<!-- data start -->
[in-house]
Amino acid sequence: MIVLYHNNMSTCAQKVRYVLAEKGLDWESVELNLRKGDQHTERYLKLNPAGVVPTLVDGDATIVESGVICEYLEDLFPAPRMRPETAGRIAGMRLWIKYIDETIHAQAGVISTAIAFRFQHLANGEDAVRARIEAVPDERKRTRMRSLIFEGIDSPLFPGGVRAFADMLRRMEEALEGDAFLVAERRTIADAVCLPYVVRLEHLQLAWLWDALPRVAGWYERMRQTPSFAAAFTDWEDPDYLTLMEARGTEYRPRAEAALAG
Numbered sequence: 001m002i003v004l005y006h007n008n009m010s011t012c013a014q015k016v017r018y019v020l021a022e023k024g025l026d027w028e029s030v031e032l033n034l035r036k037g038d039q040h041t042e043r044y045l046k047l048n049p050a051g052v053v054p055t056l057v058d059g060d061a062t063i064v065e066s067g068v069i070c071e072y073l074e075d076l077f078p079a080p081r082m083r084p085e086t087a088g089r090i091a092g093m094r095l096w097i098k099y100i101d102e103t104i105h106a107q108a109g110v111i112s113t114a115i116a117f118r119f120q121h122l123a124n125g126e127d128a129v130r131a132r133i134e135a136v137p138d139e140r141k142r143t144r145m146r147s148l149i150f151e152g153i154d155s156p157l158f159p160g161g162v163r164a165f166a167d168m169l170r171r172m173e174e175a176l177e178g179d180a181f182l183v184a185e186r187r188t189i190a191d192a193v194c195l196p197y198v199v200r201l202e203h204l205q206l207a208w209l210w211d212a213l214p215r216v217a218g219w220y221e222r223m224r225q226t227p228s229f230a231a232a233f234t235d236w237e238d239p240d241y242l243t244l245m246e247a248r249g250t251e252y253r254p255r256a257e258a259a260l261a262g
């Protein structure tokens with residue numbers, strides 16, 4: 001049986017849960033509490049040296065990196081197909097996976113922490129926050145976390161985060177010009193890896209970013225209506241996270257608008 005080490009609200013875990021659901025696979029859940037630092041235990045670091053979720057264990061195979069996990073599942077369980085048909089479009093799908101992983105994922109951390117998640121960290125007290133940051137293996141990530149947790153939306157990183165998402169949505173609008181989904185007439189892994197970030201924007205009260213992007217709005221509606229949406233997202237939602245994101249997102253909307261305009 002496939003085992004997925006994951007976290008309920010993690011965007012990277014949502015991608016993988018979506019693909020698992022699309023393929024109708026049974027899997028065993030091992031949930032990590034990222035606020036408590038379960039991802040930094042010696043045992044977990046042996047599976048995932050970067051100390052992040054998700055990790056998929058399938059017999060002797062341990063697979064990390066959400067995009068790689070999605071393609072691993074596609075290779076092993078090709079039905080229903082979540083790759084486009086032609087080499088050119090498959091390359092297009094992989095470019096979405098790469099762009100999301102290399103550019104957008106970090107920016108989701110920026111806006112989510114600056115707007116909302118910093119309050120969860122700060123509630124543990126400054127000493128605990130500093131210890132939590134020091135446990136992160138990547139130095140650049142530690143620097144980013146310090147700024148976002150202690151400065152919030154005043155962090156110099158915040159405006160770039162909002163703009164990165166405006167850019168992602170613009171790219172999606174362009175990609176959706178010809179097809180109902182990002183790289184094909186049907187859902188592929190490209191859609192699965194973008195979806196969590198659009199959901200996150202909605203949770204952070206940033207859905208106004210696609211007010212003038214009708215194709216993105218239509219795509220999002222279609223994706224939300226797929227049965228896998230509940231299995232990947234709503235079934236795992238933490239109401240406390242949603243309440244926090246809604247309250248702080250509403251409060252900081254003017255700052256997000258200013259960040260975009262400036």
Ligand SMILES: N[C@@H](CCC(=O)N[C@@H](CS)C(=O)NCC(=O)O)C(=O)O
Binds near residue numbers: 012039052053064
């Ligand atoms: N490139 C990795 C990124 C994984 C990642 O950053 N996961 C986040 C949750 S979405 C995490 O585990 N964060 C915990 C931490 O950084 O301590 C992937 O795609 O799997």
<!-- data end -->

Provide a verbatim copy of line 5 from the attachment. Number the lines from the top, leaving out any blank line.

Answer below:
Ligand SMILES: N[C@@H](CCC(=O)N[C@@H](CS)C(=O)NCC(=O)O)C(=O)O